Scientific studies show that using a combination of carbohydrates in the diet, such as corn meal or barley and grain sorghum, offers optimal carbohydrate digestibility and helps maintain energy levels.
Scientific studies also show that beet pulp, the material remaining after sugar is extracted from sugar beets, is an excellent fiber source and promotes a healthy digestive tract.
For a glossy coat and healthy skin, your pet needs fat in the diet. Good fat sources include chicken fat and fish oil.
Dog-food labels provide limited information about the nutritional value of the food because labeling regulations do not allow manufacturers to describe the quality of ingredients on the package.
A reputable pet food manufacturer will be able to explain to you their specific methods for evaluating and assuring the quality of ingredients used in their products.
When choosing food, the price on the bag, while important, is usually not the best consideration. A low price might indicate inexpensive ingredients, or ingredients that change as market prices fluctuate.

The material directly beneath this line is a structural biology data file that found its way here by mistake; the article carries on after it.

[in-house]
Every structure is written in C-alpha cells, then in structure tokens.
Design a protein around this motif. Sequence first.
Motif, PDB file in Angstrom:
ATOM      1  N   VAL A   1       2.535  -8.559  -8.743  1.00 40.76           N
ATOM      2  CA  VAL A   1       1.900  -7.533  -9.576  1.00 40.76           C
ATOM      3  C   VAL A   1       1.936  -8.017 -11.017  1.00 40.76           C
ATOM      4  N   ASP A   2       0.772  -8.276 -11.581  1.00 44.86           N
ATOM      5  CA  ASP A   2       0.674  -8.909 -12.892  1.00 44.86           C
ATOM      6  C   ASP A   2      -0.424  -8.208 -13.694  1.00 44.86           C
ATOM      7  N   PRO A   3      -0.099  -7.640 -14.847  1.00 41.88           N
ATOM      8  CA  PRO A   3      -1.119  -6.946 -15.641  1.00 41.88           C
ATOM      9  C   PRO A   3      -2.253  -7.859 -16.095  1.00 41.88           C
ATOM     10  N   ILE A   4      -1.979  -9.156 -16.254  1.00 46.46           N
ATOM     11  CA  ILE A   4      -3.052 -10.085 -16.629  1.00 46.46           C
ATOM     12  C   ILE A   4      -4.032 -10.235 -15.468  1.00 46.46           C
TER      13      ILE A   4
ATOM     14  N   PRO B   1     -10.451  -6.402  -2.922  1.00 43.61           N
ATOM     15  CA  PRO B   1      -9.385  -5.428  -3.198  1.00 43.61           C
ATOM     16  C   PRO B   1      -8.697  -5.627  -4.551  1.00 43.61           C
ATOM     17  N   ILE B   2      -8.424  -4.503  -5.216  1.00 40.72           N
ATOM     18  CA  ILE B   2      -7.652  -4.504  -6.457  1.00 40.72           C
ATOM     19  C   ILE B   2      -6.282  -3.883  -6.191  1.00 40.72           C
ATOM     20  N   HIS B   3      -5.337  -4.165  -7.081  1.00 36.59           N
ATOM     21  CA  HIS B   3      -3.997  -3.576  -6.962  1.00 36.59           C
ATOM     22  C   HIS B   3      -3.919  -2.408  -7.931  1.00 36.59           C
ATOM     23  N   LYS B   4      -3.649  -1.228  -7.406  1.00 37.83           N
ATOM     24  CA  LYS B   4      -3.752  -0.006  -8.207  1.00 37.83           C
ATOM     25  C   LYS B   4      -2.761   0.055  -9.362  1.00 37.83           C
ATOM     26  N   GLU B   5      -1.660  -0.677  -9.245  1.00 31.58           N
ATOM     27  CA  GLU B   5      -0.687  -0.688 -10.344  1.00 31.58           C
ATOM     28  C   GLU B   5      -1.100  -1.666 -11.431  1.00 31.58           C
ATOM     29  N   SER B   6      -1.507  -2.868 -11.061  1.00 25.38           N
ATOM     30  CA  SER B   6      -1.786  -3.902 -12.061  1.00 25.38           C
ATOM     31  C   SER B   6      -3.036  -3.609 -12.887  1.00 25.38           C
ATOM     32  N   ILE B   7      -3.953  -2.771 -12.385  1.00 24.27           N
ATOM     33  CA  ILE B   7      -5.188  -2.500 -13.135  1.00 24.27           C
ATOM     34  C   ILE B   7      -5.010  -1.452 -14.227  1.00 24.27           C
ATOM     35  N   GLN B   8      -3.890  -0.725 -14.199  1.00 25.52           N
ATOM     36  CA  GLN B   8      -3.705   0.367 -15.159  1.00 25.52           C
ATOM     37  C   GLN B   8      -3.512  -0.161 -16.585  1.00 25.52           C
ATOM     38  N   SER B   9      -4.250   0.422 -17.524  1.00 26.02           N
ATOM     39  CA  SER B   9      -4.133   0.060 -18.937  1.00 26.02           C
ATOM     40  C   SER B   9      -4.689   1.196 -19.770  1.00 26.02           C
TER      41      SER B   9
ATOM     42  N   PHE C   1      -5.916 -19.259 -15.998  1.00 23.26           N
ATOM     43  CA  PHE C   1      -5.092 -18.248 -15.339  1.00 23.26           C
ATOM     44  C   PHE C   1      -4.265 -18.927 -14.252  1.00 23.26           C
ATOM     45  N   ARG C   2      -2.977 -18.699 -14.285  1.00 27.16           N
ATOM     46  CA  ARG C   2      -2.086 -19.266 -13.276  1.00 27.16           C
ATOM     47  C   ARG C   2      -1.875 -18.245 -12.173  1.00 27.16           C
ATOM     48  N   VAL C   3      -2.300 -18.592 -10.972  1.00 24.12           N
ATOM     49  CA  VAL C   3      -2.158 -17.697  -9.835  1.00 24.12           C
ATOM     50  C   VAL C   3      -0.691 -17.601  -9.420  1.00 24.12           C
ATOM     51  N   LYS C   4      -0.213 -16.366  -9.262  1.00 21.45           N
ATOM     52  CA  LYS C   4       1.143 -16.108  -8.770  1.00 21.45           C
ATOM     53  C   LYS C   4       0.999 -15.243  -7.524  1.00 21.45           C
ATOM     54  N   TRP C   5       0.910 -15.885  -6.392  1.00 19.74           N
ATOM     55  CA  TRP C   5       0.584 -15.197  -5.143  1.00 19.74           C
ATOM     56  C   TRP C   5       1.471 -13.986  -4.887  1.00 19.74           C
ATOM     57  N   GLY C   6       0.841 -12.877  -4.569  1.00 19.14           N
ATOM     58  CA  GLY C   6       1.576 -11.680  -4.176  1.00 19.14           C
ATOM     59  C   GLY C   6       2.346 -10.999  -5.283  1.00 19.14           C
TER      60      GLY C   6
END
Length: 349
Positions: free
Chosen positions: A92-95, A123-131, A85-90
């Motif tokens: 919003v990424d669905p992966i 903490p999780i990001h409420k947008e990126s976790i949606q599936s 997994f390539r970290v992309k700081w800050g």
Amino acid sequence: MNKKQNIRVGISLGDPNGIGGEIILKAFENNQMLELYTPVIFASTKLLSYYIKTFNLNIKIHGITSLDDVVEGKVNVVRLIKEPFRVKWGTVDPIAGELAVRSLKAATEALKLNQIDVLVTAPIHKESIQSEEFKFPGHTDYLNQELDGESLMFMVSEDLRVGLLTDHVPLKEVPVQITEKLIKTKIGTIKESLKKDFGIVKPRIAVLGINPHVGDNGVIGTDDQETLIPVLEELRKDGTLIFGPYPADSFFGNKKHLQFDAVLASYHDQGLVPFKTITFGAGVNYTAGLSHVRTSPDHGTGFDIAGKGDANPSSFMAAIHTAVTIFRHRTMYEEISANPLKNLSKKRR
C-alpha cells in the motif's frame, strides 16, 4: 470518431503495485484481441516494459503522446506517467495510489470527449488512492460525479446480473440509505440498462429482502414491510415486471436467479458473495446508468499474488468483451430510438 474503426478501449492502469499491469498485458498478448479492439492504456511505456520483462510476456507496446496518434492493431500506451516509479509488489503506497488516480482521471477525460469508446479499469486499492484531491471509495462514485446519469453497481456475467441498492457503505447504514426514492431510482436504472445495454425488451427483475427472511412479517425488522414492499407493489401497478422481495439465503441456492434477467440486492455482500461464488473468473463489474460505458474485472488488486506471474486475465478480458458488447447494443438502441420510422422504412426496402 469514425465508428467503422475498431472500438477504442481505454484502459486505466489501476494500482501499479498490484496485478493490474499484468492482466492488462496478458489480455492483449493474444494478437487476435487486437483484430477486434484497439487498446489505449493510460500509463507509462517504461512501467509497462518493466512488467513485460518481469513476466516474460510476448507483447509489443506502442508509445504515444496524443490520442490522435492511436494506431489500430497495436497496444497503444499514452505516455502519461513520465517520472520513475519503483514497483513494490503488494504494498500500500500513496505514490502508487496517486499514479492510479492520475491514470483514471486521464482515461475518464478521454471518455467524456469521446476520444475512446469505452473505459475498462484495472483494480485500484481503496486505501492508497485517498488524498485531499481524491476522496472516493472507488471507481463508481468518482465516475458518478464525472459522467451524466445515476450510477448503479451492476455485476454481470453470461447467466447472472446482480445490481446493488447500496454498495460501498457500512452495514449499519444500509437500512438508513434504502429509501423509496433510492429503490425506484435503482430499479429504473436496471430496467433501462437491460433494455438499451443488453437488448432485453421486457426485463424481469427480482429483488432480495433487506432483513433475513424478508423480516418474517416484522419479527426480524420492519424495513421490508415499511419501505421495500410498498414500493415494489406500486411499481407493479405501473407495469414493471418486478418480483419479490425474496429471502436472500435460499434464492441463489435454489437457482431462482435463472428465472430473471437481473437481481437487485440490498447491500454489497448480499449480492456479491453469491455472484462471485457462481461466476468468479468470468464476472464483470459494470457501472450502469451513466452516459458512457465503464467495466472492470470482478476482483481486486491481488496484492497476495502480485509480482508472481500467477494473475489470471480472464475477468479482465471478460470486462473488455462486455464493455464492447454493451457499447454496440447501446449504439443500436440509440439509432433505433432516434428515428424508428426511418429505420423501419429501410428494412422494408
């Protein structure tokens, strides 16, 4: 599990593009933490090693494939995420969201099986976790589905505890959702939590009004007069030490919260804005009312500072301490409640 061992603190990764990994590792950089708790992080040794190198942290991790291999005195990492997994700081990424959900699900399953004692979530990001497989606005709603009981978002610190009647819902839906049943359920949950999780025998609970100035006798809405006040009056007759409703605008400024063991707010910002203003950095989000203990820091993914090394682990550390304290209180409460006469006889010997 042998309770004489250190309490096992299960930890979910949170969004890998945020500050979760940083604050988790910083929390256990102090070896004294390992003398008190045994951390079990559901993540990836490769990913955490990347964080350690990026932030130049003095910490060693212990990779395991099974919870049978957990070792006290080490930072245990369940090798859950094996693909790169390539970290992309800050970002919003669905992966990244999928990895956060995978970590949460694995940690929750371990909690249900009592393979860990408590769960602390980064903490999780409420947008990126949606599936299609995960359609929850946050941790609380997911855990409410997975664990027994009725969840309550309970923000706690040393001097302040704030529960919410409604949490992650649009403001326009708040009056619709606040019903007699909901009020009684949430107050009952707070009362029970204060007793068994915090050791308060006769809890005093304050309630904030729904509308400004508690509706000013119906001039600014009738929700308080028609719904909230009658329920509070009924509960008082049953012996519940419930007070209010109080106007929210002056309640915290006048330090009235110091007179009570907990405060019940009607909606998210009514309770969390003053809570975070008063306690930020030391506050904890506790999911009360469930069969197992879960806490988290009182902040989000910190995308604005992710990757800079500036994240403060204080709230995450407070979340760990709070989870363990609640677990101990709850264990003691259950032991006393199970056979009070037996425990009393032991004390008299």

Also, many lower-priced products have higher daily portions to provide the same amount of nutrition found in a high-quality diet. To get a better representation of value, it is the cost per feeding, not the total cost, that counts.
To figure cost per feeding, divide the total cost by the number of days the product lasts. For example, a 20-lb bag of food costs $18.99 and lasts 30 days. The cost to feed is $0.63 per day. A 20-lb bag of food that costs $15.99 and lasts 20 days costs $0.80 per day. So, when costs are analyzed properly, high-quality pet foods compare quite favorably to other brands while offering outstanding nutrition.
The Look of a Healthy Diet
Here are some signs of health to look for in your dog:
- Strong, white teeth and pink, healthy gums
- Supple skin and glossy coat
- Firm muscles in legs
- Energetic, enthusiastic personality
- Small, firm stools without excessive odor
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German Shepherd Dogs are one of the most loved breeds in the world! They're incredibly smart, versatile and learn new behaviors quickly. If that wasn't enough, they're also faithful companions that are very protective of their families.
But before you take the leap and adopt a German Shepherd, there are a few things you must know about looking after one. As is the case with raising a dog of any breed, caring for a German Shepherd needs commitment, patience and understanding.
Here's what it takes to care for a German Shepherd:
a. Exercising German Shepherds